Passive Income

November 1st, 2009 by Kenric

October is over and the ebiz stores had a decent month.  Just a tad under 150 orders, about 5 orders a day.  I was wondering if this is still considered passive income.  I read an old real estate post on a different blog today about passive income and thought it was funny.  I think that landlording is much more work, but people call it passive.

Do you consider running an online store passive?

I would answer no and yes.  I had to answer phone calls and do a few more hours of work during the month of October, but in general if you had a business that required really no more than 1 hour a day of work, wouldn’t it still be passive?

I may have worked about 40 hours in my stores last month, but that amount of work generated thousands of dollars.

Do you consider landlording a few single family homes passive income?

When I need to find a new tenant or evict a tenant, it definitely takes up more than a few hours in time.  In this market landlording is generating barely any money.  It could actually be losing money.  But in general I am finding that running an ebiz is alot less work than landlording.

I think what I’m learning is that the only real passive income is interest from the bank.



  1. 5 Comments to “Passive Income
  2. I think this idea of Passive Income has painted a pie-in-the-sky scenario for people to believe is the fastest way to riches. Without lifting a finger, suddenly you’re making money and continue to make money with no effort on your part.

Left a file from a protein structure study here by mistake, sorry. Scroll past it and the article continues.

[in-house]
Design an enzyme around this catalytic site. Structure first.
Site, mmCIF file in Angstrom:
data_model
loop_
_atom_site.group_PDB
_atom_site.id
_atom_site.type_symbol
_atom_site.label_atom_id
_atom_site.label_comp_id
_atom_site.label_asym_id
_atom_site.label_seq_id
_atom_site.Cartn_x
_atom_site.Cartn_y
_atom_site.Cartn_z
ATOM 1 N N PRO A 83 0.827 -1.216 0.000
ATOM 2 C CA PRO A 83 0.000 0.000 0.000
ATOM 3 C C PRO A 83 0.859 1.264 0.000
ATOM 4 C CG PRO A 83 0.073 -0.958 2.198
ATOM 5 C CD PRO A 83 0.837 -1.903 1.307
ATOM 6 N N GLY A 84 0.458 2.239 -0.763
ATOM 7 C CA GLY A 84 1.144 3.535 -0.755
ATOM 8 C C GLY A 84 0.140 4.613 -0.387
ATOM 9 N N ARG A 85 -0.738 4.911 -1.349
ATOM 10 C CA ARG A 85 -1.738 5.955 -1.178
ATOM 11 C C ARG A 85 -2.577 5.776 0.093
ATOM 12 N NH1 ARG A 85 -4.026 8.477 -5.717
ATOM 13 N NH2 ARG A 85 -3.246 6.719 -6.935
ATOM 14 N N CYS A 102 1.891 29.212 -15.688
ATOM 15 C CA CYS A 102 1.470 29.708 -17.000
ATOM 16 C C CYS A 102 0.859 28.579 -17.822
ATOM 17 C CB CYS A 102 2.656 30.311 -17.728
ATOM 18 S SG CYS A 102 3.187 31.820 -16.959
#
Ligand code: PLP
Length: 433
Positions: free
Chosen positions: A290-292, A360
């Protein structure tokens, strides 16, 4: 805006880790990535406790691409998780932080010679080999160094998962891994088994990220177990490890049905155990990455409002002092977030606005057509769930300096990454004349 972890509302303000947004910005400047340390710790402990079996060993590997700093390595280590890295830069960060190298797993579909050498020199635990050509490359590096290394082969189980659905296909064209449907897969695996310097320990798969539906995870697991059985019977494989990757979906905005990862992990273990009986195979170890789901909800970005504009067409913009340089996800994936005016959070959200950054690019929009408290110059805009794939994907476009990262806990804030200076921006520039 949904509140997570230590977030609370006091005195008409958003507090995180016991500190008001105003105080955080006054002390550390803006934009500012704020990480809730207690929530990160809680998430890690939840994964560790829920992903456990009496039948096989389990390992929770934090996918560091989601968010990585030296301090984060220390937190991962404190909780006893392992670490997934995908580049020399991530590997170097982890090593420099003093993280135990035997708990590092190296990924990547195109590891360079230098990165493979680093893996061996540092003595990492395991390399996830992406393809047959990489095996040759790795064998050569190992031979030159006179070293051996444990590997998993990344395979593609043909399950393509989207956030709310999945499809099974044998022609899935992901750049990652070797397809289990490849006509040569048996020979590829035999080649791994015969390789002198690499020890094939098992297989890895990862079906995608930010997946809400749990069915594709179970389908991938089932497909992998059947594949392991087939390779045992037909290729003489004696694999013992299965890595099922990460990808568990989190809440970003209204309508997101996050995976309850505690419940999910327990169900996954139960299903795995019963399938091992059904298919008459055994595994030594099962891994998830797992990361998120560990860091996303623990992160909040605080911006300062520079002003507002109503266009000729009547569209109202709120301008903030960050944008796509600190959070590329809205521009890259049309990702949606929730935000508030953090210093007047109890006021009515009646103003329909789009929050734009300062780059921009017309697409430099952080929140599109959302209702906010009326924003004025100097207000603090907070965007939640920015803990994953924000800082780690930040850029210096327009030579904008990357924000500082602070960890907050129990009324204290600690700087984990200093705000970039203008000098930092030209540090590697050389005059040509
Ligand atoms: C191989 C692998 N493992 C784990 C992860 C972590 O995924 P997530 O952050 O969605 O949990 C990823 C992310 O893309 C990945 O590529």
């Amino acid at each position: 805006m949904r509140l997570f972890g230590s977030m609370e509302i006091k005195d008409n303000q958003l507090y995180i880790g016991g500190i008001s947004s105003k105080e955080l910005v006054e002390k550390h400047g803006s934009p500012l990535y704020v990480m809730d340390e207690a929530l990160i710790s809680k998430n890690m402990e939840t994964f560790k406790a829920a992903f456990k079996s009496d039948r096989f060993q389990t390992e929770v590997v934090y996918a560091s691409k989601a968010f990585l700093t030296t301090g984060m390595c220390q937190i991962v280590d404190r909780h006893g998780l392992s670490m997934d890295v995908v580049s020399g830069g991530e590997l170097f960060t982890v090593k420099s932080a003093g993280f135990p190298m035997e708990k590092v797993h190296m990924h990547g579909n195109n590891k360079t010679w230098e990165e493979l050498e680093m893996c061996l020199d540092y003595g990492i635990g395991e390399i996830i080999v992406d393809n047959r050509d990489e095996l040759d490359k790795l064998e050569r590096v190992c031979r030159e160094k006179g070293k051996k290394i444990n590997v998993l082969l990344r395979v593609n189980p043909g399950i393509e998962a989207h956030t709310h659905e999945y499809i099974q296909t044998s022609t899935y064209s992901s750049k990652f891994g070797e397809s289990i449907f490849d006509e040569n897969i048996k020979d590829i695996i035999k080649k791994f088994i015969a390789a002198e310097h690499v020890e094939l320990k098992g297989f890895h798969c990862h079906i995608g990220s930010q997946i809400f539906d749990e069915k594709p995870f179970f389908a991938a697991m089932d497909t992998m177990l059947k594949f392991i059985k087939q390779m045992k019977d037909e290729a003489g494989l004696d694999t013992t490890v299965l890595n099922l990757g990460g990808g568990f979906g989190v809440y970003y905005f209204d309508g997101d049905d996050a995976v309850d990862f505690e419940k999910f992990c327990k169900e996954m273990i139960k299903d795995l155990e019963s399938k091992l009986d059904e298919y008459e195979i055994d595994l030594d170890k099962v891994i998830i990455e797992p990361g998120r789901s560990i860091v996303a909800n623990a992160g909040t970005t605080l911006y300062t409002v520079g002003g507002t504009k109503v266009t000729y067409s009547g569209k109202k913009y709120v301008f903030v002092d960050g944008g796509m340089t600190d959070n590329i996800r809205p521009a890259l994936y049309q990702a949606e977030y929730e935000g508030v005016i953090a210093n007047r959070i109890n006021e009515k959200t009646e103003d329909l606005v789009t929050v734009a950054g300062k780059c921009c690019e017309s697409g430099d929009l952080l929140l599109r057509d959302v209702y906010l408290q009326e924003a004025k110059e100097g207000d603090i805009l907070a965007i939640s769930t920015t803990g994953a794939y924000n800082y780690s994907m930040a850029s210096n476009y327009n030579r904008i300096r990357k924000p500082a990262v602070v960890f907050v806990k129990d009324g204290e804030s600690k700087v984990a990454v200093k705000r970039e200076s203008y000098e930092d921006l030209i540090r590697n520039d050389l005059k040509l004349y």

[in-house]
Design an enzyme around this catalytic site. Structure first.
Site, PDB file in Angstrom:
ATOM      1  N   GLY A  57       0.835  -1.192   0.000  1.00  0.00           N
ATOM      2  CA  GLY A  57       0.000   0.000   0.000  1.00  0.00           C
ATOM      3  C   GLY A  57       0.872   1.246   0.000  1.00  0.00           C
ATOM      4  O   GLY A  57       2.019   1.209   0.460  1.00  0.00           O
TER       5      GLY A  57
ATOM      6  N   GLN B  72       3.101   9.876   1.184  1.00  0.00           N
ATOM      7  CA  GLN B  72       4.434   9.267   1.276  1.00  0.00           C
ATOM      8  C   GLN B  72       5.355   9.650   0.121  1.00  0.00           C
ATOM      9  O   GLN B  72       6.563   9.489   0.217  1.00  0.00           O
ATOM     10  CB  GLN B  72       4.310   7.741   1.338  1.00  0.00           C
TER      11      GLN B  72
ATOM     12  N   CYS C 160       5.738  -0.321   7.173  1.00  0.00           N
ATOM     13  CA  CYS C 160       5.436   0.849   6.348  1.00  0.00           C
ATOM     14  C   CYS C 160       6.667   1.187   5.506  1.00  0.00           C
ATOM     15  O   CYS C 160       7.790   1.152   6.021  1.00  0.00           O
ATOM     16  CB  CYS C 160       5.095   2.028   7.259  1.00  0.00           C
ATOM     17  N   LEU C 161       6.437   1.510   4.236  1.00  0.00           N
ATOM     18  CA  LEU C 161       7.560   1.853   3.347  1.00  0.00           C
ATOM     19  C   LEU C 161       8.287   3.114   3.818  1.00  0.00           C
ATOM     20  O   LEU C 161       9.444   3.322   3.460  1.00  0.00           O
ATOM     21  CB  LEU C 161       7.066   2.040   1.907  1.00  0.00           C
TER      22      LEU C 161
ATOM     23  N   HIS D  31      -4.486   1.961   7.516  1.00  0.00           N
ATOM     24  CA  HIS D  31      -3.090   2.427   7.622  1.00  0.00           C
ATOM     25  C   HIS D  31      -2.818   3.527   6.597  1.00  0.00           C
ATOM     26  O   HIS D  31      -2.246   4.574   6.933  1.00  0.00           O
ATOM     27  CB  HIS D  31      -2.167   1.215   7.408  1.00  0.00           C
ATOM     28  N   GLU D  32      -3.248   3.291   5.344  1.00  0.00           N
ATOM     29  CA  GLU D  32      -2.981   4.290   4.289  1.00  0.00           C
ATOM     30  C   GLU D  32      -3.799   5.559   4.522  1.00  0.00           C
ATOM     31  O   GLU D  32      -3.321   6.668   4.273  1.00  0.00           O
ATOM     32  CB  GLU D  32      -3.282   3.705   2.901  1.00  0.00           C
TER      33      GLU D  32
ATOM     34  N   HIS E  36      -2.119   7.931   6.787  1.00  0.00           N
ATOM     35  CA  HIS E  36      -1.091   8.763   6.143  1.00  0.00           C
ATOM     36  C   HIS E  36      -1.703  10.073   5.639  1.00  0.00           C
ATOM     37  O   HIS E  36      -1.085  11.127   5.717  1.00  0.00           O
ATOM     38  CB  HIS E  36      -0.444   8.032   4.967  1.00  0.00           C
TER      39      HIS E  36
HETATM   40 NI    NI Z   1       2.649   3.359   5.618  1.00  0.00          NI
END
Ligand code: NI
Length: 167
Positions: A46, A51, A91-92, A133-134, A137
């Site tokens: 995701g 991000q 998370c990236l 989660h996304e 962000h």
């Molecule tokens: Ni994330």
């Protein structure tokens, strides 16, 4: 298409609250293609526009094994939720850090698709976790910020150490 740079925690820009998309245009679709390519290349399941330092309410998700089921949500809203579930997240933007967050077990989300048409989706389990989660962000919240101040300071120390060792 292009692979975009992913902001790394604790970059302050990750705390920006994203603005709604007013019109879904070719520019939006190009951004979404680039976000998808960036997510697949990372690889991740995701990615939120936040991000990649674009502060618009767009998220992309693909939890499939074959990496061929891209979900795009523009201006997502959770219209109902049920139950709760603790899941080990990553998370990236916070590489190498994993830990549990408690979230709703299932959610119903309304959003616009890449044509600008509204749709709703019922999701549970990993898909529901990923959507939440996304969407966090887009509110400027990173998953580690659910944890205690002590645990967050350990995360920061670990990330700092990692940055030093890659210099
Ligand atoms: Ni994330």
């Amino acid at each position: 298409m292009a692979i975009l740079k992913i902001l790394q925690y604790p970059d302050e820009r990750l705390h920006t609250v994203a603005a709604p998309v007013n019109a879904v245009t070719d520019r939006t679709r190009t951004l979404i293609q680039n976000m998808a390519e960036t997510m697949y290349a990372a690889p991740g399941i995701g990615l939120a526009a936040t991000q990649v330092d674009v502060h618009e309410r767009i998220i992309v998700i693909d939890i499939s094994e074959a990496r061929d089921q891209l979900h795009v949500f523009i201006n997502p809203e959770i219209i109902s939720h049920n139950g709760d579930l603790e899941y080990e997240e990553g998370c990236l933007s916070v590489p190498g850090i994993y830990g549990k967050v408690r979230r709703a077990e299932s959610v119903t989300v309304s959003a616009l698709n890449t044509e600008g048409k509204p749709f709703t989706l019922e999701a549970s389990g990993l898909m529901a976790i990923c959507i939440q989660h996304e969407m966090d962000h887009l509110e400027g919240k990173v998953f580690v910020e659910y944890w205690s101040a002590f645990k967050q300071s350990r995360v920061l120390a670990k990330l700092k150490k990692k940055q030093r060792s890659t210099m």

Landlording is work. Granted, months could pass by without a phone call from a tenant. But things break, require repairs, bills must be paid . . . and when a tenant moves out then it becomes a full time job to replace them.

    If you split hairs, anything that is going to produce decent returns does require effort on the part of the person.

    By Clifford on Nov 2, 2009

  3. Hard money lending is about as passive as you can get – especially if you have a partner you trust that does all the work! I’m getting about $600 / month and all the work I did was write a check.

    By Shaun on Nov 2, 2009

  4. Don’t forget dividends from investments. There’s something I’ve started to look at that might be promising. Check out http://www.lendingclub.com.

    By Edwin on Nov 2, 2009

  5. Great you asked!

    I’ve experienced landlording and I can attest that’s it’s hard work at first and in some occasions. I call it passive because it’s “rent”.

    Now imagine your estate is located at a sweet spot and applied online marketing on it. You can have lesser work because customers find you, not the other way around.

    I define passive income as this phrase: “work less”. When you have passion on it, you won’t feel that phrase.

    By Menandro on Nov 3, 2009

  6. For me, passive income means income where I won’t get a phone call — either from a customer, a client or a tenant.

    I can deal with emails okay under my ‘passive’ label, but being interrupted by a phone call when I’m doing something else is, for me, not passive.

    That’s what keeps me from a lot of online ventures, and if I’m honest from making a lot more money.

    By Monevator on Jan 5, 2010

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